With the 24 hours of Le Mans this weekend, the ACO confirmed a second season of the highly successful Le Mans Virtual Series. But that wasn’t their first attempt at a gaming championship. So, what happened to the Le Mans Esports Series?
Image credit: Tobin Leigh
September 2021 saw the first round of the Le Mans Virtual Series taking place with the 4 hours of Monza on rFactor 2. After the immense success of the inaugural 24 hours of Le Mans Virtual in June 2020, it seemed all but inevitable that it would result in the official sim racing championship for the 24 hours of Le Mans.
But it wasn’t the first officially sanctioned video game series by Le Mans organisers ACO. That was instead the Le Mans Esports Series, which was held on Forza Motorsport 7.
The series was very much unlike any other racing championship. So what made the Le Mans Esports Series so different. Furthermore, why was it scrapped in favour of the Le Mans Virtual Series?
Season 1: Revolutionary Format
In an age of by-the-numbers sim racing competitions, the Le Mans Esports Series was something different. Instead of running a bunch of races over the course of a few months and tallying up the points at the end, it was instead made up of qualifier rounds for one big final.
Participants competed in a series of online rounds and offline qualifying events at WEC’s Fuji and Sebring rounds as well as the Autosport International Show. Each of those offline events acted as a regional qualifier for a Super Final held alongside the 24 Hours of Le Mans.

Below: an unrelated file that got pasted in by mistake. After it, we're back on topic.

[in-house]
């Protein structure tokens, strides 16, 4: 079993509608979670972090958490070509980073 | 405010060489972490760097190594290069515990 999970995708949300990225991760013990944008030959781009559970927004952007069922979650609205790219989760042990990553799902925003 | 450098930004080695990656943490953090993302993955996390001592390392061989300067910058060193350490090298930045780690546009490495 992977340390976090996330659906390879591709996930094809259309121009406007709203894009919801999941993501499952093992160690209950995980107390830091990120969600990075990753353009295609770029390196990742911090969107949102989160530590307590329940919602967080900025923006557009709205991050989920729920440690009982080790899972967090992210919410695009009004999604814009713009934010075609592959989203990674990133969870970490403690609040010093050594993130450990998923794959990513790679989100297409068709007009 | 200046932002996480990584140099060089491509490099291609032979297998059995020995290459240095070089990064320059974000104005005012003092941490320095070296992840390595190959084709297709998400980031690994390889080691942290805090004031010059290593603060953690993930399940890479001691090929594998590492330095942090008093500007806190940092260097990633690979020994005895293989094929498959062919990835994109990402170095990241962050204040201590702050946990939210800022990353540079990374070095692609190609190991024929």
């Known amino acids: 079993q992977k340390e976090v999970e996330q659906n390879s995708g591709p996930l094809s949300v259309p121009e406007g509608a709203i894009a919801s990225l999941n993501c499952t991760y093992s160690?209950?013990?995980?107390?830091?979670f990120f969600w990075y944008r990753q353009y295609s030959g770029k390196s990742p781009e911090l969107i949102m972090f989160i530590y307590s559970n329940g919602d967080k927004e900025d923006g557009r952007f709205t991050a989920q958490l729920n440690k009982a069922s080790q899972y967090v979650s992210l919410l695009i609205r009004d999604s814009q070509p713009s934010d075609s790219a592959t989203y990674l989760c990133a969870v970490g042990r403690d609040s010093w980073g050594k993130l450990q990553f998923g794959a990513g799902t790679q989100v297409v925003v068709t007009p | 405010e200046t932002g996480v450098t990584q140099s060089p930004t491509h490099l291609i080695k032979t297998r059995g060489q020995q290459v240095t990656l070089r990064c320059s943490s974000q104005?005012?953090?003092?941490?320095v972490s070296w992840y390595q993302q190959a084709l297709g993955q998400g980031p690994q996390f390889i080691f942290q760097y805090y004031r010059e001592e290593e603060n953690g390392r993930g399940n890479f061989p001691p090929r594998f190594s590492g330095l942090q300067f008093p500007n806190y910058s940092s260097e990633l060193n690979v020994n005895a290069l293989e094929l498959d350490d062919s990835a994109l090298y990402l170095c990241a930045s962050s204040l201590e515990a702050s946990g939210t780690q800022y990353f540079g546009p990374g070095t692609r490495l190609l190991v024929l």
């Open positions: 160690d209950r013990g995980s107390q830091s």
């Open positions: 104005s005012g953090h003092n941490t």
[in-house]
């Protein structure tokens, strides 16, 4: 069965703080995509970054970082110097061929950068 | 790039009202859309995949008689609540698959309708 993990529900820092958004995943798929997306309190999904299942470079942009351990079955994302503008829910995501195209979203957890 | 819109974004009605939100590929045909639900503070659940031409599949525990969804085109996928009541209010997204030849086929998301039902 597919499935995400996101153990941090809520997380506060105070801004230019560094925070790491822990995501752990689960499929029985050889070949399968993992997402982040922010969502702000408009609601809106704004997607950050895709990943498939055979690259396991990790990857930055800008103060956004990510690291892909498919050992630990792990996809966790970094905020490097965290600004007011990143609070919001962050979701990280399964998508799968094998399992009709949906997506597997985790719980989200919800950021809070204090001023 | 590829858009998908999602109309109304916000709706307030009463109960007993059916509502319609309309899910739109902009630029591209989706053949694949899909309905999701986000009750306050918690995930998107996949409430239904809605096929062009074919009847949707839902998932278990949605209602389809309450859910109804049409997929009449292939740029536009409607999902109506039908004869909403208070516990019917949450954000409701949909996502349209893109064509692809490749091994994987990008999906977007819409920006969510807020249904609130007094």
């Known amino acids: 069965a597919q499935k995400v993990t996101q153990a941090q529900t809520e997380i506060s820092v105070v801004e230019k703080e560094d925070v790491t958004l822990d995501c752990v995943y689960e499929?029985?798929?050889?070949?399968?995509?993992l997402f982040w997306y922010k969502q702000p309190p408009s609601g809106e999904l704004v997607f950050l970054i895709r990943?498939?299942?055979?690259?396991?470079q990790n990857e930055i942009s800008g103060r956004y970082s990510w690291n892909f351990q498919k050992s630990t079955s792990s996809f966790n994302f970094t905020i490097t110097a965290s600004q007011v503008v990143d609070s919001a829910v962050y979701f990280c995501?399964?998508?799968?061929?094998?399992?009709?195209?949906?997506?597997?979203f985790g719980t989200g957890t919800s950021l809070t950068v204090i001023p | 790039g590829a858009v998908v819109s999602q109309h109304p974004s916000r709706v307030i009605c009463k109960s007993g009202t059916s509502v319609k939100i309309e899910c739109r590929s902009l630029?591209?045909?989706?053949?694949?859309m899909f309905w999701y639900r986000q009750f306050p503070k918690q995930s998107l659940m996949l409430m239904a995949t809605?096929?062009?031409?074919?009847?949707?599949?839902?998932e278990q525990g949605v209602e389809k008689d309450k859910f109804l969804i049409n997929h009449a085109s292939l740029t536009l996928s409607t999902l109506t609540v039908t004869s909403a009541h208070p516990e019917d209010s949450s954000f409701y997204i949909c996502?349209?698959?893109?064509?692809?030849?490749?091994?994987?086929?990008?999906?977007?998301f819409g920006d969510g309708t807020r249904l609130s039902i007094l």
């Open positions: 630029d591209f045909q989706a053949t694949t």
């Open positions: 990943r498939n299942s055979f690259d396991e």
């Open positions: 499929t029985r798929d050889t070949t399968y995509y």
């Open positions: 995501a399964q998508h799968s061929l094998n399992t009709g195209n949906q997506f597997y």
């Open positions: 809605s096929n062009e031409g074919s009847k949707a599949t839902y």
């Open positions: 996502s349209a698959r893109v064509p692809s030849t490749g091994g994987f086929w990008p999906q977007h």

There were two types of qualifiers going on. There were races for Pro teams and then Rivals hotlap qualifiers for drivers not aligned with any team. These ran between November 2018 and April 2019.
All the qualifying rounds then culminated in the first ever Super Final held onsite at the Le Mans track the day before the real 24 hour event. 12 teams of three drivers each entered, with ten teams having qualified and two teams entering via a wildcard invitation.
In another effort to diversify from the typical motorsport structure, the super final didn’t play it safe by having the drivers compete in one 24 hour-long race. Instead to keep the drivers on their toes throughout the 24 hours, they were required to compete in nine endurance races.
Players would drive cars from the early 60s era of Le Mans, Group 5 cars, Group C cars, 2000s Prototypes, modern Prototypes and GTE cars. All taking place across five different circuits.
In the end, it was Veloce Esports who came out on top. They recovered from a 15-second deficit and took home their majority of a $100,000 prize pot. A second season of the series was confirmed to be happening, but some issues lay ahead.
Season Two: Making Compromises
The qualifier rounds were going by as usual but then the world went into lockdown due to a worldwide pandemic. As a result, there was a huge elephant in the room.
Forza Motorsport 7 , unlike racing simulation games like rFactor 2 and iRacing doesn’t have an in-game driver swap system. This allows players to hand control of their car to another driver online. Through this, the drivers on those sims are able to do endurance races while racing remotely.
It was clear that the Super Final in 2020 couldn’t be held onsite like the previous year. The competitors would have to race from home. So what did the organisers do?
A Segmented Solution